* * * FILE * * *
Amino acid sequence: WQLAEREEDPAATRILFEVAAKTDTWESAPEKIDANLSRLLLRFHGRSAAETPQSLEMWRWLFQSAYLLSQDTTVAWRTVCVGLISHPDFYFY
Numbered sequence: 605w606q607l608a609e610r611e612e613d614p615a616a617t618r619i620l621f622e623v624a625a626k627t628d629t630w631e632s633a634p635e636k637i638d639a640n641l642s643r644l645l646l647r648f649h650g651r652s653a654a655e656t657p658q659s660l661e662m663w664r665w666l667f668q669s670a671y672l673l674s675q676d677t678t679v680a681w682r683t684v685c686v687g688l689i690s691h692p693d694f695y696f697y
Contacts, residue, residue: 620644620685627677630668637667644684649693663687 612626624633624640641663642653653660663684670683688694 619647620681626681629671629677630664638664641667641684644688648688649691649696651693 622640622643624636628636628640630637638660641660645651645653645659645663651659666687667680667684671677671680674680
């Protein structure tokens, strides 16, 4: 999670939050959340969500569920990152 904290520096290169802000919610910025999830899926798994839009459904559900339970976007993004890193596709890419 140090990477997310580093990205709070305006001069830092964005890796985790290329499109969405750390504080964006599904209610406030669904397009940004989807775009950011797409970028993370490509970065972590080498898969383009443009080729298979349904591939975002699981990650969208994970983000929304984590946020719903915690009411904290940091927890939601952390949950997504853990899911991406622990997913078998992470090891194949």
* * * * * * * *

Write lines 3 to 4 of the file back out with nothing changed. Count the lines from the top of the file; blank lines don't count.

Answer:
Contacts, residue, residue: 620644620685627677630668637667644684649693663687 612626624633624640641663642653653660663684670683688694 619647620681626681629671629677630664638664641667641684644688648688649691649696651693 622640622643624636628636628640630637638660641660645651645653645659645663651659666687667680667684671677671680674680
């Protein structure tokens, strides 16, 4: 999670939050959340969500569920990152 904290520096290169802000919610910025999830899926798994839009459904559900339970976007993004890193596709890419 140090990477997310580093990205709070305006001069830092964005890796985790290329499109969405750390504080964006599904209610406030669904397009940004989807775009950011797409970028993370490509970065972590080498898969383009443009080729298979349904591939975002699981990650969208994970983000929304984590946020719903915690009411904290940091927890939601952390949950997504853990899911991406622990997913078998992470090891194949």